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I can see the criticisms in the “comments” section below now: “Lighten up, man. It’s just a movie.

And that illustrates exactly the point I intend to make.

A movie is a mere trifling, a toying with ideas and images depicted on screen for entertainment – but how do you suppose God would advise us on toying and trifling with Satan?

If you believe, as the Bible clearly teaches, there really is a prince of darkness who works in the shadows “looking for someone to devour” (1 Peter 5:8) – a master deceiver who would tempt all people toward their own decay and destruction without ever tipping his hand to reveal his face – then reducing his presence to a mere joke would seem to play right into his plan, would it not?

And for the actors themselves, laughing about him as though he were a toy, readily invoking him with no thought of the consequence but to dismiss him as an archaic myth, seems a foolish thing to do, does it not, if the devil really is the diabolical demon the Scriptures make him out to be?

In short, unless you think the Bible a farce, how can you make a farce like “Dark Shadows”?

Not only is the movie not funny – seriously, it’s one of the worst major films of the year so far – but its subject matter is equally no laughing matter.

The film begins somewhat promising, telling the story of a 1700s New England fishing tycoon (played by Johnny Depp) who spurns a witch’s love and is cursed by her to become a vampire. The witch then locks him in a box, where he remains until awakened in 1972.

For a few moments, the film promises to be amusing, with Depp’s formal, erudite character confronting the hippy world of 1972, nearly 200 years out of his native time. Depp plays the character brilliantly and begins a fish-out-of-time tale rife with comedic promise.

Unfortunately, the promise is left woefully unfulfilled, as the story too quickly swerves off the rails to reintroduce the long-lived witch as a modern-day corporate shark determined to seduce her old flame. Gone is the witty comedy, replaced by a sleazy soap opera, which then switches gears again and becomes a supernatural showdown.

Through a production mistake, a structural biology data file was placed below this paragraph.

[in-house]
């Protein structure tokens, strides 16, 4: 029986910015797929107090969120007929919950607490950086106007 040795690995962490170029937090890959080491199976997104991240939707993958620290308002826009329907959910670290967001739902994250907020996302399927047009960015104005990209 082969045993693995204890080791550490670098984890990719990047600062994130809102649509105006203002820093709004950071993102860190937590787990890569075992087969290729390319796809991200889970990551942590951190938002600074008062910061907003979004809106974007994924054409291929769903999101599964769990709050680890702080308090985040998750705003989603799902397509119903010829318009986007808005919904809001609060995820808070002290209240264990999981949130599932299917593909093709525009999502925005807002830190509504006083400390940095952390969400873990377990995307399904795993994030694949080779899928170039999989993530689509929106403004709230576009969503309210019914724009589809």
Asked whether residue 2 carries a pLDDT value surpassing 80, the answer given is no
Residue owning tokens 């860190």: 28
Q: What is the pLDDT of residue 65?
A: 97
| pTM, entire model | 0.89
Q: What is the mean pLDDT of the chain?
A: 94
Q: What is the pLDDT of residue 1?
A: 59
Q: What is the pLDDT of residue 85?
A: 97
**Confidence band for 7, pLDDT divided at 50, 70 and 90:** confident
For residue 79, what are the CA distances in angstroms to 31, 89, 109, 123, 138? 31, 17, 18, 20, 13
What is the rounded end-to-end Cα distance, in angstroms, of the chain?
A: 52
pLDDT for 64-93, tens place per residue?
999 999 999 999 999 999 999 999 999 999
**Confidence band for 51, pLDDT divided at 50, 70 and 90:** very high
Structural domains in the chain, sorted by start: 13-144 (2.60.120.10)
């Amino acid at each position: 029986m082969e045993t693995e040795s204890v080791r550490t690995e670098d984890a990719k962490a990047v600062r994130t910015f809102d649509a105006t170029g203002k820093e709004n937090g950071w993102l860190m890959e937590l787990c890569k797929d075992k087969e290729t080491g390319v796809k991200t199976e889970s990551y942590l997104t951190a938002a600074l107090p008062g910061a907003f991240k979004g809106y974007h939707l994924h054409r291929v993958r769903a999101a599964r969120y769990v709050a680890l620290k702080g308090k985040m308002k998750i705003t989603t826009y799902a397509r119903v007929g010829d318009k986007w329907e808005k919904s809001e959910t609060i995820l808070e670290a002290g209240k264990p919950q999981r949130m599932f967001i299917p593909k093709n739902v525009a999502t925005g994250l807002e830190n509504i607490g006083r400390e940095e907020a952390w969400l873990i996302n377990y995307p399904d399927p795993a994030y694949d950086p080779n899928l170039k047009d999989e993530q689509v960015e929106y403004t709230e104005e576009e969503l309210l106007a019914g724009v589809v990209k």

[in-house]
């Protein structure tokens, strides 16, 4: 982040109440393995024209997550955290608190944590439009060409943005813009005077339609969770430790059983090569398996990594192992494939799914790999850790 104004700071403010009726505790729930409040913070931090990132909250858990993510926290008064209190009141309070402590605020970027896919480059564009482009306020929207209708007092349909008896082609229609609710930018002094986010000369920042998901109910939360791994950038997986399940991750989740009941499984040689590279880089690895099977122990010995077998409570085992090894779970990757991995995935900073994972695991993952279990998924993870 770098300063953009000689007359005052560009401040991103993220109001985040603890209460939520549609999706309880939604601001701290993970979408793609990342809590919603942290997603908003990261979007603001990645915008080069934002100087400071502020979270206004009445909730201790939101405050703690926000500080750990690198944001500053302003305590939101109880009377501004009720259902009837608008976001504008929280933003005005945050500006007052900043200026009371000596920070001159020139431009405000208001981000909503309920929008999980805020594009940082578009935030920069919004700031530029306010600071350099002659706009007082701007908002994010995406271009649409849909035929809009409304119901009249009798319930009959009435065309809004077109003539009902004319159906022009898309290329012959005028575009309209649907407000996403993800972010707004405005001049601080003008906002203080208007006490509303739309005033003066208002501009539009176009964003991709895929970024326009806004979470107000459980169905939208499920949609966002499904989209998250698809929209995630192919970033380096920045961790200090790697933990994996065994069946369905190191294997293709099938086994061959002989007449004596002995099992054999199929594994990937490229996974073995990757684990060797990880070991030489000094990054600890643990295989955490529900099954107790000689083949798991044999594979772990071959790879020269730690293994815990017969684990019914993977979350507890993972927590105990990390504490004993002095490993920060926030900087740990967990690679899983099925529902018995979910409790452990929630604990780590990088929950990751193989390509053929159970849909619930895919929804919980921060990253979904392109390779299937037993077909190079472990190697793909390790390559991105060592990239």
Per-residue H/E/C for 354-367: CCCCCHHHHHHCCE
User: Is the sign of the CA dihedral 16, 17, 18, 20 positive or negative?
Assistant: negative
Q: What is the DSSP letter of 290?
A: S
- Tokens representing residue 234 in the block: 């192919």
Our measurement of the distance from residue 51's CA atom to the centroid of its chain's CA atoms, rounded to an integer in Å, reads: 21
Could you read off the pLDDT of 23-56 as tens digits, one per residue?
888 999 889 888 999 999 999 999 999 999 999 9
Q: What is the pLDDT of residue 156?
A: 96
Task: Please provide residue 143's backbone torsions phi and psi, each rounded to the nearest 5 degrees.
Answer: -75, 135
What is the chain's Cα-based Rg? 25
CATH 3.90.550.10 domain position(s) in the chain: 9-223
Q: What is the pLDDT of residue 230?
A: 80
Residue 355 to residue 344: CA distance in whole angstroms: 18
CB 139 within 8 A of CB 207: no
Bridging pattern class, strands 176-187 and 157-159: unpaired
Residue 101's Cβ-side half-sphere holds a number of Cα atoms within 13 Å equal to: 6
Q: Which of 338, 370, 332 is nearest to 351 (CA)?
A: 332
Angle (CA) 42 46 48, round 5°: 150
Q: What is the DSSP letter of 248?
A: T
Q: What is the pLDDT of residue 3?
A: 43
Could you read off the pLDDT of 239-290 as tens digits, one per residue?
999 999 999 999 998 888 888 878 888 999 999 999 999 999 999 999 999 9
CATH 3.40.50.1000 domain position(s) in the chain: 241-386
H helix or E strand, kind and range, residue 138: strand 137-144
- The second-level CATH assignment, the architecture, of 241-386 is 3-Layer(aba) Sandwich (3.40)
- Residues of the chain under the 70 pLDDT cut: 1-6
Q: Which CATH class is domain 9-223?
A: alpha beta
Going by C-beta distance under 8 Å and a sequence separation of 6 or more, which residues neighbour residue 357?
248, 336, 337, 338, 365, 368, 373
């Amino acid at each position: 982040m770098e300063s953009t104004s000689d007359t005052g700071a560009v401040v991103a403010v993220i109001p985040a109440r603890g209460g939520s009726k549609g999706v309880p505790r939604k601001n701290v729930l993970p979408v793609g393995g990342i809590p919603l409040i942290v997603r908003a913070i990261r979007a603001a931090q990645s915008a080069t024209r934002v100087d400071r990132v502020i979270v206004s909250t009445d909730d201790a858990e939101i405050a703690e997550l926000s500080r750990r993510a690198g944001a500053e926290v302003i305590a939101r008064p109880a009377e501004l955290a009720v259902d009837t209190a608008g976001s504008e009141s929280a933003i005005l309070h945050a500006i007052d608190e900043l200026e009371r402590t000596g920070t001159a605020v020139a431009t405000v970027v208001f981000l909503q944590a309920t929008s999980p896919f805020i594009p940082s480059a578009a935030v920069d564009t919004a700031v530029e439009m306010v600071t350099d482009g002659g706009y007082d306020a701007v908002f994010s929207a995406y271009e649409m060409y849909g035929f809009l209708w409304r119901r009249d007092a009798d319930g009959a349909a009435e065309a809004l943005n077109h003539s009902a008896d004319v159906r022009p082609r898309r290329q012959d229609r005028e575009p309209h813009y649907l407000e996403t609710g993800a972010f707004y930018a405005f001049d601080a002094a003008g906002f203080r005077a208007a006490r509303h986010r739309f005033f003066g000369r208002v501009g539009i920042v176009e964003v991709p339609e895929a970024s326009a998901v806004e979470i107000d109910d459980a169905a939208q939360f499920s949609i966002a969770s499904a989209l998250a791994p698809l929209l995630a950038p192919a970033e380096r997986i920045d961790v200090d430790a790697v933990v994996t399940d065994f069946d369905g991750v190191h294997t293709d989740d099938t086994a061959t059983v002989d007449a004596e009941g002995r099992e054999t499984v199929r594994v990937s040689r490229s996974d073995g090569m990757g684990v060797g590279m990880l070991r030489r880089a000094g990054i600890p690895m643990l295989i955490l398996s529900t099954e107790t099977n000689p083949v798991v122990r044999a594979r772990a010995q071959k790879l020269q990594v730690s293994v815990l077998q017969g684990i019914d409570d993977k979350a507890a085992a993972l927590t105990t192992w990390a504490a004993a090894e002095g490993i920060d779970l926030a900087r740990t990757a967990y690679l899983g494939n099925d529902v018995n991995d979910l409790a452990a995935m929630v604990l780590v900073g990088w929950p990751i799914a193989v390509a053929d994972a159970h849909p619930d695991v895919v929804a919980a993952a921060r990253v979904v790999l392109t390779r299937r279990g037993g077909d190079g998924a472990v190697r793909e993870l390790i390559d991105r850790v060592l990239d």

In the resultant, unholy mess, the movie’s conflict falls flat, the side characters are left undeveloped and the “villain” is stripped of any real depth, leaving Depp without any meaningful foil to draw out his protagonist’s fiber.

The net effect is a film that tries in vain to be too many things, succeeding at none.

And it’s too bad the film was so determined to be vapid and soulless, for there were opportunities to explore some intriguing themes, including the vampire’s admission of being “a sinner,” an allusion to “purifying” the blood, talk of forgiveness and justice and even an acknowledgement that “there are things in the is world we don’t understand, like magic, death and destiny.”

But these brief moments when the script could have shown some life quickly faded into the dead flatness that was most of the movie.

Even if it was a good film, however, we’re left with director Tim Burton’s morbid fascination with the occult, which borders, frankly, on necrophilia (see “Corpse Bride” or the final scene of this movie).

Depp’s character, for example, beyond being a vampire, studies black magic, invokes “Satan’s true name” (according to the film) Mephistopheles, calls the witch “a whore of Beelzebub … succubus of Satan … harlot of the devil” and most significantly, shouts the lines, “Show yourself to me, Satan!” and, “Have at me Lucifer; my soul is prepared!”

Acting or not, I sincerely hope for Depp’s sake Lucifer doesn’t take him up on the invitation.

According to Christian doctrine, this “devil” character gleefully tears apart marriages to divorce, lures pedophiles to abuse children, inflames rapists to act, fills megalomaniacs like Adolf Hitler with schemes of mass murder and has the power to possess men’s souls to self-destruction and everlasting torment in hell.

And we’re going to make a joke of it? Johnny Depp is going to call out for the beast’s presence in his soul?

I don’t suggest we go looking for devils under every rock, but I do suggest the American culture show a little more respect when handling the most potent evil force in the universe.

Content advisory:

  • “Dark Shadows,” rated PG-13, contains roughly 20 obscenities and profanities.
  • The film’s violence is present, but scaled back, with much of the vampire’s killing done off screen. There are, however, a few scenes of the vampire biting his victims. Most of the more graphic violence is present in two scenes – the first of which is played for laughs as the vampire and witch trash an apartment in a supernaturally-charged, rough sex scene, the second a climactic battle scene between the vampire’s family and the witch, including gunfire, choking, crashing, biting, slashing and magical hijinks.
  • The movie’s sexuality, outside of some kisses, innuendos, a couple of lewd jokes and an implied oral sex scene, focuses on the modern-day witch. She dresses provocatively, shows off a lot of cleavage and leg and actively works to seduce the vampire. In one over-the-top scene that was supposed to be funny, the pair engage in a supernaturally-charged, rough sex scene. Though there’s no nudity, the pair roll around the walls, floor, furniture and ceiling of an apartment, breaking and smashing everything in their path. She licks him (again for laughs, I suppose) with a long, serpentine tongue, and there’s plenty of grunting and moaning, but all done for comedic effect. Some audiences will find it funny; others, frankly, will find it juvenile and even disgusting.
  • The film contains little religious content, but is dripping with occult references. In addition to what is detailed in the review above, there are spoken spells, ghosts, a werewolf, talk of curses and some references to damnation.

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